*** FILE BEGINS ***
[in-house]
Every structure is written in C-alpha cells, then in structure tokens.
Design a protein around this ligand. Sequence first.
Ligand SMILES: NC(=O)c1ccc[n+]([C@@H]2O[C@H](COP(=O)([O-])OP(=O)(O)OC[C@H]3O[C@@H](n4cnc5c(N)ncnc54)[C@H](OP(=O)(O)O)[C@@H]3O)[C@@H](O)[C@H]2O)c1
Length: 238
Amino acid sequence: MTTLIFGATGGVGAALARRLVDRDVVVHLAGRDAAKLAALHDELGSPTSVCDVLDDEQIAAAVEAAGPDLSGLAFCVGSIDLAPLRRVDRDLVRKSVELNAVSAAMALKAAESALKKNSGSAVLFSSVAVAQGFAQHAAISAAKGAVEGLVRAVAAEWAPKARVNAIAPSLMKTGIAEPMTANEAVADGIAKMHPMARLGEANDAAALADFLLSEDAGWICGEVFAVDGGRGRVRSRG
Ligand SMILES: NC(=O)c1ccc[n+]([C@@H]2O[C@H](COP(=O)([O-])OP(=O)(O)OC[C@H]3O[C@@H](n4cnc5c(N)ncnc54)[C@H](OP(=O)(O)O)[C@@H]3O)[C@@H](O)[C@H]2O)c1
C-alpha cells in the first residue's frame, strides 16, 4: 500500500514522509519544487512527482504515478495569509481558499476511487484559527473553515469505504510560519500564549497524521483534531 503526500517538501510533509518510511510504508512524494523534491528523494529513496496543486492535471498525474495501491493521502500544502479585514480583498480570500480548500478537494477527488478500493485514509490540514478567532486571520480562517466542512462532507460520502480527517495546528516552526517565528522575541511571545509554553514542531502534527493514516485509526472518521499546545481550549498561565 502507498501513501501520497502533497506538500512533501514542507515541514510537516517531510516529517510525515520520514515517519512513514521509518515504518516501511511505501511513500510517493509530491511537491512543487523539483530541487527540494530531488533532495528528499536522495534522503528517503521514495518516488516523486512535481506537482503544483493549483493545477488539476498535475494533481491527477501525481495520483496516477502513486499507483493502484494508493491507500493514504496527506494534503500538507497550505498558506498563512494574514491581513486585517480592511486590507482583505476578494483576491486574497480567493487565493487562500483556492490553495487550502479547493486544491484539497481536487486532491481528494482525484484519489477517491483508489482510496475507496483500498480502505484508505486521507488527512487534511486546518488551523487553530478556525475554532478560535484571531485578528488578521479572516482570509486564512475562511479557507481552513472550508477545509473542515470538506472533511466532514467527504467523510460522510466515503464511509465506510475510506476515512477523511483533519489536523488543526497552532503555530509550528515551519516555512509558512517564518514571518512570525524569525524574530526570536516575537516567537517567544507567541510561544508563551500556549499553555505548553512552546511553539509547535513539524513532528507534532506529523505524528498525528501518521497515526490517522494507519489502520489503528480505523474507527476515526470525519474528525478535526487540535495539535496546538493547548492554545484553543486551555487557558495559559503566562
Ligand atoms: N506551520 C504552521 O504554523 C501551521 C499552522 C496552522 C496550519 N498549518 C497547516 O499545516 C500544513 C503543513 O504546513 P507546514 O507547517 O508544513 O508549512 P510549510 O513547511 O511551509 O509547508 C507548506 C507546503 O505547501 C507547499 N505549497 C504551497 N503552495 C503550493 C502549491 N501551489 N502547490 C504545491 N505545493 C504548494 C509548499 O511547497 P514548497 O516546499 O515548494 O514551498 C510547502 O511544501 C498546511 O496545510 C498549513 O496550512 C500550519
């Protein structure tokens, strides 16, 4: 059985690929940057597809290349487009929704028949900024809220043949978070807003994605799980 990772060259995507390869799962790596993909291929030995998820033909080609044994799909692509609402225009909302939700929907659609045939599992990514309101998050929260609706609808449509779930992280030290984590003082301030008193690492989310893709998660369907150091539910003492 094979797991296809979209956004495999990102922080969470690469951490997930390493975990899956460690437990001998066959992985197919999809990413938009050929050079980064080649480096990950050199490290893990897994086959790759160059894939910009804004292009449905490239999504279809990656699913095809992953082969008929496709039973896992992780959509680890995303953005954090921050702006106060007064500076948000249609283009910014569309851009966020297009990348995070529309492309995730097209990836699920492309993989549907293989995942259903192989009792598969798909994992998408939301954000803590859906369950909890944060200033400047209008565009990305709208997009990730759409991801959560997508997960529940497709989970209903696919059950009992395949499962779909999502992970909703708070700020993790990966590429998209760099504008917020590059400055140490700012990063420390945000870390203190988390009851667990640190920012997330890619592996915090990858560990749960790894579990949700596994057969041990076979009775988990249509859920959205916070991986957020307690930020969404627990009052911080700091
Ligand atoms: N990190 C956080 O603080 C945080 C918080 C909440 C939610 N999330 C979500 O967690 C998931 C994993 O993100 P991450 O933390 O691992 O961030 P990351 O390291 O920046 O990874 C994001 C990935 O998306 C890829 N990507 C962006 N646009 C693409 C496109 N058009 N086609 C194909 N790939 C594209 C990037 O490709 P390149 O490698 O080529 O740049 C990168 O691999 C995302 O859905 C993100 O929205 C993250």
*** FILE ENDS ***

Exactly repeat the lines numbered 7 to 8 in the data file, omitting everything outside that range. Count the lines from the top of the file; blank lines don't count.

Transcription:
Ligand SMILES: NC(=O)c1ccc[n+]([C@@H]2O[C@H](COP(=O)([O-])OP(=O)(O)OC[C@H]3O[C@@H](n4cnc5c(N)ncnc54)[C@H](OP(=O)(O)O)[C@@H]3O)[C@@H](O)[C@H]2O)c1
C-alpha cells in the first residue's frame, strides 16, 4: 500500500514522509519544487512527482504515478495569509481558499476511487484559527473553515469505504510560519500564549497524521483534531 503526500517538501510533509518510511510504508512524494523534491528523494529513496496543486492535471498525474495501491493521502500544502479585514480583498480570500480548500478537494477527488478500493485514509490540514478567532486571520480562517466542512462532507460520502480527517495546528516552526517565528522575541511571545509554553514542531502534527493514516485509526472518521499546545481550549498561565 502507498501513501501520497502533497506538500512533501514542507515541514510537516517531510516529517510525515520520514515517519512513514521509518515504518516501511511505501511513500510517493509530491511537491512543487523539483530541487527540494530531488533532495528528499536522495534522503528517503521514495518516488516523486512535481506537482503544483493549483493545477488539476498535475494533481491527477501525481495520483496516477502513486499507483493502484494508493491507500493514504496527506494534503500538507497550505498558506498563512494574514491581513486585517480592511486590507482583505476578494483576491486574497480567493487565493487562500483556492490553495487550502479547493486544491484539497481536487486532491481528494482525484484519489477517491483508489482510496475507496483500498480502505484508505486521507488527512487534511486546518488551523487553530478556525475554532478560535484571531485578528488578521479572516482570509486564512475562511479557507481552513472550508477545509473542515470538506472533511466532514467527504467523510460522510466515503464511509465506510475510506476515512477523511483533519489536523488543526497552532503555530509550528515551519516555512509558512517564518514571518512570525524569525524574530526570536516575537516567537517567544507567541510561544508563551500556549499553555505548553512552546511553539509547535513539524513532528507534532506529523505524528498525528501518521497515526490517522494507519489502520489503528480505523474507527476515526470525519474528525478535526487540535495539535496546538493547548492554545484553543486551555487557558495559559503566562